Maksim Kabakou - Fotolia
In the early 1990s, the company I worked for invited me to transfer from IT and networks to audit. I joined a small group charged with auditing the company’s networked computer systems in Europe, including company internal trans-border connections, connections to third-party systems and client connections.
What was ingrained into me during my audit training was the need to understand the business of the business unit to be audited and the exposures – not just to that business unit, but to the business as a whole.
That necessity to understand business exposure and using that knowledge to inform the audit process has stood me in good stead ever since.
There is, of course, a subtle difference between exposure and risk. A risk can be very small but could, if the worst came to the worst, lead to a massive exposure to a business. So just looking at confidentiality, integrity and availability is, these days, not sufficient, and indeed never has been in reality.
The mid-1990s saw me as a self-employed IT auditor, and in the late 1990s I moved over to information security consulting. In practising my craft since the early 1990s, I have come to notice a number of information security-related common strands that can affect a company’s business risk and exposure.
Security should not take a back seat
My first observation is that while many organisations do have a security group, that group deals as a generality only with physical security, the business opting to throw IT-related security over the fence to the IT department to sort out. Often, IT security is a role assigned to a member of the support team, and expediency in sorting out IT issues often means security taking a back seat and so gives rise to security being an afterthought in many projects.
Given that in many companies IT security is handled by the IT group or department, my second observation is that there is a general lack of knowledge or understanding within IT of their company’s business from the viewpoint of business risk and exposure. This leads to budgets and project funding requests often being savaged because business risk and exposure is not being articulated well, or articulated at all.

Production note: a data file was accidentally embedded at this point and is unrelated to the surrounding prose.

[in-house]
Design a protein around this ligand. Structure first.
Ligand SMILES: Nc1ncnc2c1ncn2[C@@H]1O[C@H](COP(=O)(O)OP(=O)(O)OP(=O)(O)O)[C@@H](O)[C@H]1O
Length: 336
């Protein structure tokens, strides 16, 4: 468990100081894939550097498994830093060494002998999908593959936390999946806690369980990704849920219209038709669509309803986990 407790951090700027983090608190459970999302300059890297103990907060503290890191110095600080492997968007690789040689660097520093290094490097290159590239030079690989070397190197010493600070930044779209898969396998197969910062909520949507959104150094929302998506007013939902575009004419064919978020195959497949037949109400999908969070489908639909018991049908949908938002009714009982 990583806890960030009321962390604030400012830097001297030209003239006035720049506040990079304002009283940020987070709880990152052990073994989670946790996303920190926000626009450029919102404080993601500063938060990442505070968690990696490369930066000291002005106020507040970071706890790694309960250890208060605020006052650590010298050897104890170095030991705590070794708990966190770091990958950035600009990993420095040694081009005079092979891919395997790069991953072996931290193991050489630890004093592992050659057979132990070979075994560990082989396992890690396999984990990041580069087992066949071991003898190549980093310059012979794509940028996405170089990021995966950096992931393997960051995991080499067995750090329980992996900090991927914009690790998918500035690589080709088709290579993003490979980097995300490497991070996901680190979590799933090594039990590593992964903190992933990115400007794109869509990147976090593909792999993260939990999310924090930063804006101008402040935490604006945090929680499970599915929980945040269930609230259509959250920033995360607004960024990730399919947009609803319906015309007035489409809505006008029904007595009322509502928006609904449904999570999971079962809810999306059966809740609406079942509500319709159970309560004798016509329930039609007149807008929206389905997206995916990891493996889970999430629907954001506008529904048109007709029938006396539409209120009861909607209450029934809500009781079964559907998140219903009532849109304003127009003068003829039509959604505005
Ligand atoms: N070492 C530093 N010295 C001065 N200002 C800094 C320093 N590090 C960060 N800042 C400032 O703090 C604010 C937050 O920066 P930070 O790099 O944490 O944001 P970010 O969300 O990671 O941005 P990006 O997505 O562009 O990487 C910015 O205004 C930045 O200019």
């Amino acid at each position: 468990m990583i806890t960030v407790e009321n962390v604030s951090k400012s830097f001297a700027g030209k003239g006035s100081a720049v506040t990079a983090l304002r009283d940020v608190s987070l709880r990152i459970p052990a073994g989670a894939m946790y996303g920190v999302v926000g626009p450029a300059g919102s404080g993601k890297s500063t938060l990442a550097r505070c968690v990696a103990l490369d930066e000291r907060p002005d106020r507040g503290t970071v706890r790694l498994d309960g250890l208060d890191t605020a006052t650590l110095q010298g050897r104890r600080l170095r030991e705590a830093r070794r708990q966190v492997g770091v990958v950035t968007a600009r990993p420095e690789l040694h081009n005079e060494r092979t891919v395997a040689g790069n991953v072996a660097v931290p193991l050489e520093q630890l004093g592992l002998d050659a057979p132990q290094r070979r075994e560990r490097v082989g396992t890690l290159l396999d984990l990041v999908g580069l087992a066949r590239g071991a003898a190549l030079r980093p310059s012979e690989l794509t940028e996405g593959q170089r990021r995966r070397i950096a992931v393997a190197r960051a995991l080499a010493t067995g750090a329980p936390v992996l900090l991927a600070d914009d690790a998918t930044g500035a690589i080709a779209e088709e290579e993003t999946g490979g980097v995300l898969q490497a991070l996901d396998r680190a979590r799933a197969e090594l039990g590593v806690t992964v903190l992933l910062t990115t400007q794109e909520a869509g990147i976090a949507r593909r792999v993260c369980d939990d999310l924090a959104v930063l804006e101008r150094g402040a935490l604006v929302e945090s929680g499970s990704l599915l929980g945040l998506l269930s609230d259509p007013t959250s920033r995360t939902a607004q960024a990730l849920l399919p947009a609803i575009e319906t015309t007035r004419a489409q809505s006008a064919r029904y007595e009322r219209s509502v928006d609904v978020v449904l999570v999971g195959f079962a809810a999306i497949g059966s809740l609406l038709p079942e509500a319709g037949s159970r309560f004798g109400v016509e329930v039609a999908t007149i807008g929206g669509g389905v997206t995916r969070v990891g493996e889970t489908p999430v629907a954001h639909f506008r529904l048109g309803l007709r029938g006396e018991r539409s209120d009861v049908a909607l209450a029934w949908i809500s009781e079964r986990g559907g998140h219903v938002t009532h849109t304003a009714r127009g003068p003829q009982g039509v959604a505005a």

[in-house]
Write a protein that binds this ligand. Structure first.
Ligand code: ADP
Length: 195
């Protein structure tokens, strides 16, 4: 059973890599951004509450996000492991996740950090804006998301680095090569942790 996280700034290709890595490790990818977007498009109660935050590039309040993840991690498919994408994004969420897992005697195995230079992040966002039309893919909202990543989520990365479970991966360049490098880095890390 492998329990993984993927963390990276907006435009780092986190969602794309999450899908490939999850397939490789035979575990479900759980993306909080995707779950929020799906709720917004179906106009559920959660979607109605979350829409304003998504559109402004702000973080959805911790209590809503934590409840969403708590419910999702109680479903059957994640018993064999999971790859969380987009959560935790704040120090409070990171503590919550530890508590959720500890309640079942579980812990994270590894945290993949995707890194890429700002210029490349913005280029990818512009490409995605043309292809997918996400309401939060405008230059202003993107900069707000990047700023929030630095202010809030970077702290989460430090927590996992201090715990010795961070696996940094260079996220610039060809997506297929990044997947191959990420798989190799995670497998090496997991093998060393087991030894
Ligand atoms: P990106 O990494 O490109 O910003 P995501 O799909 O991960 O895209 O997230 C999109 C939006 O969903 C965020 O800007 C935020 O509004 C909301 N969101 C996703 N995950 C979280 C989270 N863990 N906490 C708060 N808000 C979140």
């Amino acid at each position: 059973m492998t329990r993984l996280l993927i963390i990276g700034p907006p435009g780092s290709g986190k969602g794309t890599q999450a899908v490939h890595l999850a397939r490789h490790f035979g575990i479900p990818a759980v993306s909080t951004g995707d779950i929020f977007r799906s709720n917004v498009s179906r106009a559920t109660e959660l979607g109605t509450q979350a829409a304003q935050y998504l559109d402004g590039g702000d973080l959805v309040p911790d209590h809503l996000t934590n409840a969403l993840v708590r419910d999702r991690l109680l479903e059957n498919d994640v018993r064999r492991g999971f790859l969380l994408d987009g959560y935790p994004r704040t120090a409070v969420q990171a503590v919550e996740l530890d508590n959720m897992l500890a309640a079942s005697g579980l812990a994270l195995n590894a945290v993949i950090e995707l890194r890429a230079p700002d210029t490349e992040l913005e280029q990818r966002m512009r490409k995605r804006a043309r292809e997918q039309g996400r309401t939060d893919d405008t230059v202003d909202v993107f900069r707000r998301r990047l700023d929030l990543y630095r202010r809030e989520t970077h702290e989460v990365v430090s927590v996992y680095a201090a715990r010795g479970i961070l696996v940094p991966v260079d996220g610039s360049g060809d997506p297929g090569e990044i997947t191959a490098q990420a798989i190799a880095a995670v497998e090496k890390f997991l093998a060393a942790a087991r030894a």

My third observation is that company boards generally have direct (business) audit representation, but IT representation is often done by a director looking after a number of portfolios, with direct IT representation only occurring in larger enterprises and IT security, if it is represented at all, being lumped in with IT.
What can the security professional, or the person in an IT department charged with infosec, do to reduce a company’s business risk and exposure? A good question. But it doesn’t start there.
Gain allies and change mindsets
First, security – and IT security in particular – has to be a board-level issue that is on every board meeting’s agenda. This is possibly a cultural issue within a company, but it is one that must be tackled and won.
Peter Wenham, BCS
The person charged with IT infosec is going to have to work to gain allies and change mindsets. They are going to need to work to ensure they are involved early with projects, and ideally from inception – even simple ones such as system upgrades, adding new connections, and so on.
They are going to have to talk to and work with the business including audit to gain a good understanding of the business and the risks and exposures as seen by business – for example reputation, loss of client confidence, loss of intellectual property, inability to communicate externally for an extended period, false news on social media and many others.
This knowledge combined with a very good understanding of IT and how it supports the company, together with keeping abreast of external security developments, should enable that security professional to not just communicate effectively with senior managers and the board, but also ensure that projects and expenditure on information security are meaningful and justified.